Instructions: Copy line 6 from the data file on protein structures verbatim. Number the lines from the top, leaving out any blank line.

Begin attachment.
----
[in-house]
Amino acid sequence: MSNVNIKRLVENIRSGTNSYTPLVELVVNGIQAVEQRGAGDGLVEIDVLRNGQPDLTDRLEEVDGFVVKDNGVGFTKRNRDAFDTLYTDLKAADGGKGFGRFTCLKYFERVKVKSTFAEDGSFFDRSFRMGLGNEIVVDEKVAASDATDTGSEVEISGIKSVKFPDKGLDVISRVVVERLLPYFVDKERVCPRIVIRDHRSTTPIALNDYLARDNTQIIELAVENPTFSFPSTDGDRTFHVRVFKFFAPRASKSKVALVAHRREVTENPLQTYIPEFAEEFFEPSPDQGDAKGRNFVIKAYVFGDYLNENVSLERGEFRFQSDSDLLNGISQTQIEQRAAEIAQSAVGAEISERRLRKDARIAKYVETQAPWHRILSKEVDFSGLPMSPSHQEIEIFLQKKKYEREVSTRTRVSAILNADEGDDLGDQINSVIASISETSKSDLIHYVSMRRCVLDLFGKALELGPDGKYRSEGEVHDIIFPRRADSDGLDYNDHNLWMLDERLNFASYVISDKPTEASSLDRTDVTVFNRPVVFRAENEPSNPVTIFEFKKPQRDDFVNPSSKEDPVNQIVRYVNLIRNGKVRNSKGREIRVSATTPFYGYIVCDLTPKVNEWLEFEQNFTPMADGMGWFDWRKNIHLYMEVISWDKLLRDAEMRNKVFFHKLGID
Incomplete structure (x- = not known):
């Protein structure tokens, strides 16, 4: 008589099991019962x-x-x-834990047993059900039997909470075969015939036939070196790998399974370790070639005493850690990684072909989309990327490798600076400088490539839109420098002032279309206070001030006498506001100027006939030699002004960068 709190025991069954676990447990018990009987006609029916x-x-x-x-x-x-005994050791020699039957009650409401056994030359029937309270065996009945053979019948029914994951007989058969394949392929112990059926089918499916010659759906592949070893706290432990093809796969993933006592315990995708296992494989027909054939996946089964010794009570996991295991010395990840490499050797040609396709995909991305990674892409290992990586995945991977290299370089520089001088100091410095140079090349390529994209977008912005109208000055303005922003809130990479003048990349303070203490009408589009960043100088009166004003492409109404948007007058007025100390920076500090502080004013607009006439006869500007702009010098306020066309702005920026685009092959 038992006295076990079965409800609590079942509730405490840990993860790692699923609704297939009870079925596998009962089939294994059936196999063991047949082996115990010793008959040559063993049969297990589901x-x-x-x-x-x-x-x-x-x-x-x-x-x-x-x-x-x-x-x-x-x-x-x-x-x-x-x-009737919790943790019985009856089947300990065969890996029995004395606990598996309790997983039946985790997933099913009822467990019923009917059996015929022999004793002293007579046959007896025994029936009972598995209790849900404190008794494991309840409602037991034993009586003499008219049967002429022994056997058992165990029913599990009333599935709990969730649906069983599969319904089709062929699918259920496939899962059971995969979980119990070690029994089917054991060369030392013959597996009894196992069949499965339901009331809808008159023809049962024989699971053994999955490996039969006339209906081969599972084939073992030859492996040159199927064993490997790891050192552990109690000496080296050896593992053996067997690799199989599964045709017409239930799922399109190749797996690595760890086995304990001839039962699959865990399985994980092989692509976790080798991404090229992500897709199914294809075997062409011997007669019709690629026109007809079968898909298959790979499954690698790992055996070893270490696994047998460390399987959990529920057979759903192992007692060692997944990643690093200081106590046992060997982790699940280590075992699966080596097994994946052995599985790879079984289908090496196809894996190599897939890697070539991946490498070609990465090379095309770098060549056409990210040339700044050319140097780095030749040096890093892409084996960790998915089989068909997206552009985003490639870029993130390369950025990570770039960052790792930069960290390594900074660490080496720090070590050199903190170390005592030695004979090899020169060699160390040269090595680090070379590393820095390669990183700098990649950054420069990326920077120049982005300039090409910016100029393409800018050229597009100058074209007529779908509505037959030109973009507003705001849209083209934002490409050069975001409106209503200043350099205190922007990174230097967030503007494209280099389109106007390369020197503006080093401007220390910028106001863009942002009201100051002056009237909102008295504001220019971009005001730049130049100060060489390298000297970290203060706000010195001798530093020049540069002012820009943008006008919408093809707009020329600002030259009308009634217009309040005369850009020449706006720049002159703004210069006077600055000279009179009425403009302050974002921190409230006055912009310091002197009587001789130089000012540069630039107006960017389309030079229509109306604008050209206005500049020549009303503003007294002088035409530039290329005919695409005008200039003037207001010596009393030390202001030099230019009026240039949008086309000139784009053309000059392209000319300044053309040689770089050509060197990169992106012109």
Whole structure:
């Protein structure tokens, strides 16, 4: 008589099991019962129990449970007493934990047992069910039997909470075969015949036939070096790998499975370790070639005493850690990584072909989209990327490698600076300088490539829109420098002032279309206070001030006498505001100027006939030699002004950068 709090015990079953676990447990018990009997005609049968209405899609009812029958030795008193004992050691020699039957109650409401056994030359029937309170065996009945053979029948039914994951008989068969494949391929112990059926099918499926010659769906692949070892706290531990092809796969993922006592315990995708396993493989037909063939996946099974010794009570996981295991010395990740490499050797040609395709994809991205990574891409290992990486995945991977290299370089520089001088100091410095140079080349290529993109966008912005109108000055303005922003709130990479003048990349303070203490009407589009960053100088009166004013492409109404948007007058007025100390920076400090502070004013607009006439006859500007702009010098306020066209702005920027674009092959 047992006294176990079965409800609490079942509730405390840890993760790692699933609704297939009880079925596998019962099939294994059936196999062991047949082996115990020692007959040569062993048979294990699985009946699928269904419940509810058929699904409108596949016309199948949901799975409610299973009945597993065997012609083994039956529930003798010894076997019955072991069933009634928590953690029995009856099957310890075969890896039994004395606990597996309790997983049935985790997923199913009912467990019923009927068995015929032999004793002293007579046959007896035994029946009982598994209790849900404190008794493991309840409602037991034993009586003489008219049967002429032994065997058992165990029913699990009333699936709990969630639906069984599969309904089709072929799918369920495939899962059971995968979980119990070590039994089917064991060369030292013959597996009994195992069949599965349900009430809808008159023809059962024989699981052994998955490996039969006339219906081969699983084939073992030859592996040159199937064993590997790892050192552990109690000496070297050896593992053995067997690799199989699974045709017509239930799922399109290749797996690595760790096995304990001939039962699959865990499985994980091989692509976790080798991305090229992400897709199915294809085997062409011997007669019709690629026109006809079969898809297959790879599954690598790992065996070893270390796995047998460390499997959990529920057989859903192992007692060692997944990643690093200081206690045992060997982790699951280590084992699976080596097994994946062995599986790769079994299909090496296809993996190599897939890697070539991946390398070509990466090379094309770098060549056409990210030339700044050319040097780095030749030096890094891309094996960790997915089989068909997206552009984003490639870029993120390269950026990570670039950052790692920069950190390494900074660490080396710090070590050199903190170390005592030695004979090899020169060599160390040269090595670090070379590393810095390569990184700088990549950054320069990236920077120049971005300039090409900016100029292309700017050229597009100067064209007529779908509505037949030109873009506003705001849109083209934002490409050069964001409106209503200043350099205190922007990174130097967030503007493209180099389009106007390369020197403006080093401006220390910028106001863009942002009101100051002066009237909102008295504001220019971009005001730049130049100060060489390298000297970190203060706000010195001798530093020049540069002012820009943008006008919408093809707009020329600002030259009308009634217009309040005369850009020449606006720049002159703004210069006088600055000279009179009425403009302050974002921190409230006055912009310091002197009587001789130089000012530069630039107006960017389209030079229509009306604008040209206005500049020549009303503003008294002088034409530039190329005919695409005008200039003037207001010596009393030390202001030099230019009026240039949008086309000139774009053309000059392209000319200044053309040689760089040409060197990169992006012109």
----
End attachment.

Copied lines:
């Protein structure tokens, strides 16, 4: 008589099991019962129990449970007493934990047992069910039997909470075969015949036939070096790998499975370790070639005493850690990584072909989209990327490698600076300088490539829109420098002032279309206070001030006498505001100027006939030699002004950068 709090015990079953676990447990018990009997005609049968209405899609009812029958030795008193004992050691020699039957109650409401056994030359029937309170065996009945053979029948039914994951008989068969494949391929112990059926099918499926010659769906692949070892706290531990092809796969993922006592315990995708396993493989037909063939996946099974010794009570996981295991010395990740490499050797040609395709994809991205990574891409290992990486995945991977290299370089520089001088100091410095140079080349290529993109966008912005109108000055303005922003709130990479003048990349303070203490009407589009960053100088009166004013492409109404948007007058007025100390920076400090502070004013607009006439006859500007702009010098306020066209702005920027674009092959 047992006294176990079965409800609490079942509730405390840890993760790692699933609704297939009880079925596998019962099939294994059936196999062991047949082996115990020692007959040569062993048979294990699985009946699928269904419940509810058929699904409108596949016309199948949901799975409610299973009945597993065997012609083994039956529930003798010894076997019955072991069933009634928590953690029995009856099957310890075969890896039994004395606990597996309790997983049935985790997923199913009912467990019923009927068995015929032999004793002293007579046959007896035994029946009982598994209790849900404190008794493991309840409602037991034993009586003489008219049967002429032994065997058992165990029913699990009333699936709990969630639906069984599969309904089709072929799918369920495939899962059971995968979980119990070590039994089917064991060369030292013959597996009994195992069949599965349900009430809808008159023809059962024989699981052994998955490996039969006339219906081969699983084939073992030859592996040159199937064993590997790892050192552990109690000496070297050896593992053995067997690799199989699974045709017509239930799922399109290749797996690595760790096995304990001939039962699959865990499985994980091989692509976790080798991305090229992400897709199915294809085997062409011997007669019709690629026109006809079969898809297959790879599954690598790992065996070893270390796995047998460390499997959990529920057989859903192992007692060692997944990643690093200081206690045992060997982790699951280590084992699976080596097994994946062995599986790769079994299909090496296809993996190599897939890697070539991946390398070509990466090379094309770098060549056409990210030339700044050319040097780095030749030096890094891309094996960790997915089989068909997206552009984003490639870029993120390269950026990570670039950052790692920069950190390494900074660490080396710090070590050199903190170390005592030695004979090899020169060599160390040269090595670090070379590393810095390569990184700088990549950054320069990236920077120049971005300039090409900016100029292309700017050229597009100067064209007529779908509505037949030109873009506003705001849109083209934002490409050069964001409106209503200043350099205190922007990174130097967030503007493209180099389009106007390369020197403006080093401006220390910028106001863009942002009101100051002066009237909102008295504001220019971009005001730049130049100060060489390298000297970190203060706000010195001798530093020049540069002012820009943008006008919408093809707009020329600002030259009308009634217009309040005369850009020449606006720049002159703004210069006088600055000279009179009425403009302050974002921190409230006055912009310091002197009587001789130089000012530069630039107006960017389209030079229509009306604008040209206005500049020549009303503003008294002088034409530039190329005919695409005008200039003037207001010596009393030390202001030099230019009026240039949008086309000139774009053309000059392209000319200044053309040689760089040409060197990169992006012109």